T. Narkam. University of Maryland at Baltimore.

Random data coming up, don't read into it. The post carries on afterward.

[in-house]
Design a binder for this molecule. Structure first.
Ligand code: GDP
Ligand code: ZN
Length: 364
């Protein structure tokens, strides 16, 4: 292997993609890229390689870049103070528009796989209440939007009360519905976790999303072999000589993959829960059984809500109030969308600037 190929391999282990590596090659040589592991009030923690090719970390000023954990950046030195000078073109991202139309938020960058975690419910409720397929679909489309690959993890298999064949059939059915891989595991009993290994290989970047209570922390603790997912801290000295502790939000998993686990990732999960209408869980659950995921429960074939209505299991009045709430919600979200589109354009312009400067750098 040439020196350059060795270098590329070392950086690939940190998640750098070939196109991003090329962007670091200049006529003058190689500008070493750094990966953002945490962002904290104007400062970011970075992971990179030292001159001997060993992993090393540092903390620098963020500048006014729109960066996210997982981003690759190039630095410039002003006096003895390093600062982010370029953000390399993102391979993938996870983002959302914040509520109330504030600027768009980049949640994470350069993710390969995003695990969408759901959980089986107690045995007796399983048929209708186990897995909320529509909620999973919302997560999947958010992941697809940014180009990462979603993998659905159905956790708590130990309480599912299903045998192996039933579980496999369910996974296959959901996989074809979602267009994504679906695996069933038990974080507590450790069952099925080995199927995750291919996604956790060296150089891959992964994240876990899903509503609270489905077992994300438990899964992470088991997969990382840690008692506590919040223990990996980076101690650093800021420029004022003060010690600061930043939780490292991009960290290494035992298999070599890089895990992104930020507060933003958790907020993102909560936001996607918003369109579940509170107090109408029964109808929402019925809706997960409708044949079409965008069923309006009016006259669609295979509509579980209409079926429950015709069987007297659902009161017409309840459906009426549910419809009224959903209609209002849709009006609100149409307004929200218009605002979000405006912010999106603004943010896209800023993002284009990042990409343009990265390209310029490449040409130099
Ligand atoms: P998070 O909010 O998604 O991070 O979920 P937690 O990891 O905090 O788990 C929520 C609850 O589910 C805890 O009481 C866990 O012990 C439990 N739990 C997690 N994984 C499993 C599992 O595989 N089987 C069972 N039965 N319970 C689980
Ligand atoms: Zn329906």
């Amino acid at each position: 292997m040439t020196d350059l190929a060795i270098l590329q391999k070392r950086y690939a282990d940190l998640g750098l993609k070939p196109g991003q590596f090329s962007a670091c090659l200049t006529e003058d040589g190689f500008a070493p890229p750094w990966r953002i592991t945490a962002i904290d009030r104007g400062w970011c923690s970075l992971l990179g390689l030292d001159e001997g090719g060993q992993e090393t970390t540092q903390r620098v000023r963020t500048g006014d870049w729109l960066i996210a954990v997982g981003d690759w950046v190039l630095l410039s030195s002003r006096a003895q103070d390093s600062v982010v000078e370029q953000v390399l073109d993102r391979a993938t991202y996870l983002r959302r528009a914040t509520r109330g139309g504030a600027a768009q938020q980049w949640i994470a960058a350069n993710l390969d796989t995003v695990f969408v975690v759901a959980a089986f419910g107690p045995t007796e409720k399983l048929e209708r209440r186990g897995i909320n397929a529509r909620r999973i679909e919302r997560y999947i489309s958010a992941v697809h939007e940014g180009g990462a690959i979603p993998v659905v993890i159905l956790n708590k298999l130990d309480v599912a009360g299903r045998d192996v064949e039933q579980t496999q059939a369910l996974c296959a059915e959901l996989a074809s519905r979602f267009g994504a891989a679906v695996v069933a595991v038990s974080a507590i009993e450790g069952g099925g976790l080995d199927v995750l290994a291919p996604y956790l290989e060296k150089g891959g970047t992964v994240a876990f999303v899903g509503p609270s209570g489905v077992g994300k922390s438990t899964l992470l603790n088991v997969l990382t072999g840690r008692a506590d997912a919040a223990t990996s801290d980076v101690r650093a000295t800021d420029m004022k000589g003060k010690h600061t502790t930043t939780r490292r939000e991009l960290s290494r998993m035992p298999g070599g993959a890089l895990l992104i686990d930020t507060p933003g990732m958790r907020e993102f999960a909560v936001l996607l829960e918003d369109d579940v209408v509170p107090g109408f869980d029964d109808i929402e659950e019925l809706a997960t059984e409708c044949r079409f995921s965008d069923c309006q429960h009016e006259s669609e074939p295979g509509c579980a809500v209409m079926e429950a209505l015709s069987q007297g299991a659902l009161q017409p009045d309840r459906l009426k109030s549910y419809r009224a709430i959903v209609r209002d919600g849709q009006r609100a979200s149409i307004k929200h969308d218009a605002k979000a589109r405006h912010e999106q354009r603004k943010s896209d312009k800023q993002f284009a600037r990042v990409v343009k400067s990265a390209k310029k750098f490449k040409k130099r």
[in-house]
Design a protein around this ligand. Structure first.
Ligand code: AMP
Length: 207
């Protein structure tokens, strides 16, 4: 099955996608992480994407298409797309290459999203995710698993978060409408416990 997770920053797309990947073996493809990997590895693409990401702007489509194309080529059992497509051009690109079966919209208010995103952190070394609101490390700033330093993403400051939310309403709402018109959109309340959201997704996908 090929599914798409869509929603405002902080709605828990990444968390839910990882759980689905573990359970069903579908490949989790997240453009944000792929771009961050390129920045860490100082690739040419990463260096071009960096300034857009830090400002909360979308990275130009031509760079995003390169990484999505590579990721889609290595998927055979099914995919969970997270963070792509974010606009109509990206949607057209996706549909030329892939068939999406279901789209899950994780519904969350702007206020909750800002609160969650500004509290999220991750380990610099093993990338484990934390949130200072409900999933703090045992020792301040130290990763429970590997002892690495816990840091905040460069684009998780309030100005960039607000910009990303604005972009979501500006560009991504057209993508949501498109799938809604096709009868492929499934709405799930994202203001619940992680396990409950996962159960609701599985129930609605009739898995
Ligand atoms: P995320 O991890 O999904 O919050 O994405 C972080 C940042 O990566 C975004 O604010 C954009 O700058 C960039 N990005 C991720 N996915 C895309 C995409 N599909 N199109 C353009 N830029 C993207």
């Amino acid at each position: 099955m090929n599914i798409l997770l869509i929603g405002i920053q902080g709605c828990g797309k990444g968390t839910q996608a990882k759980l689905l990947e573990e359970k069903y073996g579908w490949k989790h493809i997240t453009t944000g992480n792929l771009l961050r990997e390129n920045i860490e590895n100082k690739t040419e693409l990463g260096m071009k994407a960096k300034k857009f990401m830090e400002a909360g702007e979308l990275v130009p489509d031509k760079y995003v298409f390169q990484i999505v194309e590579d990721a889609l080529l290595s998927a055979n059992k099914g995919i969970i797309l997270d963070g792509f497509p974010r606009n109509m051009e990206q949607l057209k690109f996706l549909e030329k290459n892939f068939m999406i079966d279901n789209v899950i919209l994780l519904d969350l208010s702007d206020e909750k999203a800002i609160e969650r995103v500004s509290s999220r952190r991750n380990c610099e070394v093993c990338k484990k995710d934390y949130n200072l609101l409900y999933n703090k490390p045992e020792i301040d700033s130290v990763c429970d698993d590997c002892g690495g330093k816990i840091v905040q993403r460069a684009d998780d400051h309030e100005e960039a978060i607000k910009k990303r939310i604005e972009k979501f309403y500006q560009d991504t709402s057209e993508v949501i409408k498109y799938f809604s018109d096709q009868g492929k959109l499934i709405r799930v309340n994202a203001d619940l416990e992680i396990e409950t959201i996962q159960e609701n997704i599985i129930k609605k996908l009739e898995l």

The hydrochloride form has a higher percentage of glucosamine and is considered by most practitioners to be the preferred form buy generic silagra 50mg on line. Also best 50 mg silagra, some patients with diabetes report that glucosamine interferes with their blood glucose levels silagra 100 mg free shipping, so this formula should be used with caution cheap 100 mg silagra amex. It is important to consider the following points: ● This formula is intended to improve blood glucose control and prevent diabetic neuropathies, especially in type two diabetes. It is not intended to replace prescription medication for the treatment of these diseases. While debate about the benefits of the picolinate form over a chelate continues, patients with diabetes would need 800 μg per day, rather than the 25 μg here. If 800 mcg is used, a chelate should be recommended, since results of toxicity studies on high doses of picolinic acid are not con- clusive. The following points are important to remember when this formula is used: ● This formula contains saw palmetto and Epilobium parvifolum, both well- respected herbs in the treatment of prostate conditions. Before using this product, the patient should consider the following: ● This is a balanced formula containing ω-3, ω-6, and ω-9 fatty acids. Headache/Migraine A formula commonly used to alleviate headaches is shown in Table 5-15. Some points to consider in evaluating the effectiveness of the formula are: ● The herbal ingredients in this formula are well supported. Feverfew has a long history of use in the prevention of migraines because of its involve- ment in blocking the release of histamine, which causes vasodilation of blood vessels. Cameron E, Pauling L, Leibovitz B: Ascorbic acid and cancer: a review, Cancer Res 39:663-81, 1979. Austria R, Semenzato A, Bettero A: Stability of vitamin C derivatives in solution and topical formulations, J Pharm Biomed Anal 15:795-801, 1997. Mastroiacovo P, Mazzone T, Addis A, et al: High vitamin A intake and early pregnancy in major malformations: a multicenter prospective controlled study, Theratology 59:7-11, 1999. Borel P, Grolier P, Mekki N, et al: Low and high responders to pharmacological doses of beta-carotene: proportion in the population, mechanisms involved and consequences on beta-carotene metabolism, J Lipid Res 39:2250-60, 1998. Zia H, Amini H, Hekmatyar F, et al: In vivo and in vitro availability of commercial vitamin C tablets, Pahlavi Med J 8:414-8, 1977. Delpre G, et al: Sublingual therapy for cobalamin deficiency as an alternative to oral and parenteral cobalamin supplementation, Lancet 354:740-1, 1999. Eberlein-Konig B, Placzek M, Przybilla B: Protective effect against sunburn of combined systemic ascorbic acid (vitamin C) and d-alpha-tocopherol (vitamin E), J Am Acad Dermatol 38:45-8, 1998. Kalliomaki M, et al: Probiotics in primary prevention of atopic disease: a randomized placebo-controlled trial, Lancet 357:1076-9, 2001. Nasman B, et al: Serum dehydroepiandrosterone sulfate in Alzheimer’s disease and multi-infarct dementia, Biol Psychiatry 30:684-90, 1991. Crook T, et al: Effects of phosphatidylserine in Alzheimer’s disease, Psychopharmacol Bull 28:61-6, 1992. Cenacchi T, et al: Cognitive decline in the elderly: a double-blind, placebo- controlled multicentre study on efficacy of phosphatidylserine administration, Aging Apr; 5(2):123-33, 1993. Fava M, Giannelli A, Rapisarda V, et al: Rapidity of onset of the antidepressant effect of parenteral S-adenosyl-L-methionine, Psychiatry Res 56:295-7, 1995. Vutyavanich T, Kraisarin T, Ruangsri R: Ginger for nausea and vomiting in pregnancy: randomized, double-masked, placebo-controlled trial, Obstet Gynecol 97:577-82, 2001. Mazza G, Cottrell T: Volatile components of roots, stems, leaves, and flowers of Echinacea species, J Agric Food Chem 47:3081-5, 1999. Gallo M, Sarkar M, Au W, et al: Pregnancy outcome following gestational exposure to echinacea: a prospective controlled study, Arch Intern Med 160: 3141-3, 2000. Langsjoen P, Willis R, Folkers K: Treatment of essential hypertension with coenzyme Q10, Mol Aspects Med 15(suppl):S265-72, 1994. Xia L, Bjornstedt M, Nordman T, et al: Reduction of ubiquinone by lipoamide dehydrogenase. Shimizu K, Iino A, Nakajima J, et al: Suppression of glucose absorption by some fractions extracted from Gymnema sylvestre leaves, J Vet Med Sci 59:245-51, 1997. Schoenen J, et al: High-dose riboflavin as a prophylactic treatment of migraine: results of an open pilot study, Cephalalgia 14:328-32, 1994. Peikert A, et al: Prophylaxis of migraine with oral magnesium: results from a prospective, multi-centre, placebo-controlled and double-blind randomized study, Cephalalgia 16:257-63, 1996. This chapter considers issues of nutritional assessment through history- taking, examination, and biochemical investigation. It is important to note at this stage that there are no absolute standards by which we may define mal- nutrition. The onset of nutritional deficiency is usually insidious and often obscured by coexistent illness, medication, and drug use. No one assessment technique, either clinical or biochemical, is a reliable indicator of deficiency except in the most severe cases. The middle equation describing structure and reg- ulation is particularly useful in summing up the rationale behind many of our nutritional interventions. Themperature, pH, and antioxidant status are all variables that affect the process. A host of other endogenous and exogenous substances including toxins, hormones, and phytochemicals may influence any one enzymatic process. In the assessment of nutritional intake, there are two areas for considera- tion: the quantity of nutrients ingested and the adequacy of this intake for the individual. Retrospective methods of data collection, such as 24-hour recall, are depend- ent on memory and one can assume that there is underreporting of energy and nutrient intake by as much as 20%—even when a computer-assisted method is used. Prospective methods such as food diaries may cause the subject to change eating habits or to consciously or unconsciously edit the record. Having obtained an estimate of the dietary intake, one must decide how to process it. The data can be analyzed with a computer or “eyeballed” for a general impression of the number of portions from major food groups and the quality of food eaten. The former method is obviously more accurate but is still compromised by a number of factors including the following: ● The adequacy of the database for local conditions ● The variation in the nutrient content of foods and changing bioavailability Chapter 6 / Assessment of Nutritional Status 139 ● Changing fortification patterns ● The production of “new” foods ● The use of supplements ● Many other confounding variables In practice, I use 24-hour recall and then ask for a five-day diary before the next visit. I then “eyeball” the records for adequacy of portions and supple- ment this evaluation with a more detailed estimate of protein intake, using an abbreviated table of protein values. I emphasize protein because it is fre- quently inadequate in the patients that I encounter most often (i. An estimate of nutrient intake level says nothing, of course, about the bioavailability of a nutrient for a particular individual. Usually, we cannot know about the issues of absorption, transport, cellular utilization, and loss. Ultimately, an answer can only be found through a therapeutic trial of the nutrient concerned. This reflects the ambiguity inherent in a blanket recommendation that is then applied to individuals. It is almost routine for clients to be taking either herbal or nutritional sup- plements. It is essential for one to actually look at the bottles for content fig- ures, because there is a vast array of preparations that go by generic titles such as B complex. While discussing a client’s dietary pattern, it is also useful to ask about hypoglycemic symptoms. I do not attribute a great deal of etiologic signifi- cance to functional hypoglycemia but do regard it as an indicator of the ade- quacy of protein/carbohydrate ratios, as well as a manifestation of excess refined carbohydrate intake, stimulant use, and stress. Functional hypo- glycemia most commonly manifests as tiredness, irritability, and carbohy- drate or caffeine craving in the late morning or afternoon. At this point, it is usually convenient to ask about medication and drug use, especially in view of the frequency and significance of medication- nutrient interactions. Nutrient Deficiency Symptoms Figure 6-2 is a schema representing the progressive development of malnu- trition. In prosperous, urbanized populations, gross deficiency symp- toms and signs will be uncommon. The subtle manifestations of deficiency will appear as changes in subjective feelings of well-being, especially in 140 Part One / Principles of Nutritional Medicine regard to psychologic state and energy levels. The often progressive and insidious nature of nutritional deficiency means there is no clear-cut point at which malnutrition can be defined. There is no gold standard for determin- ing nutritional status because2: ● There is no universally accepted definition of malnutrition.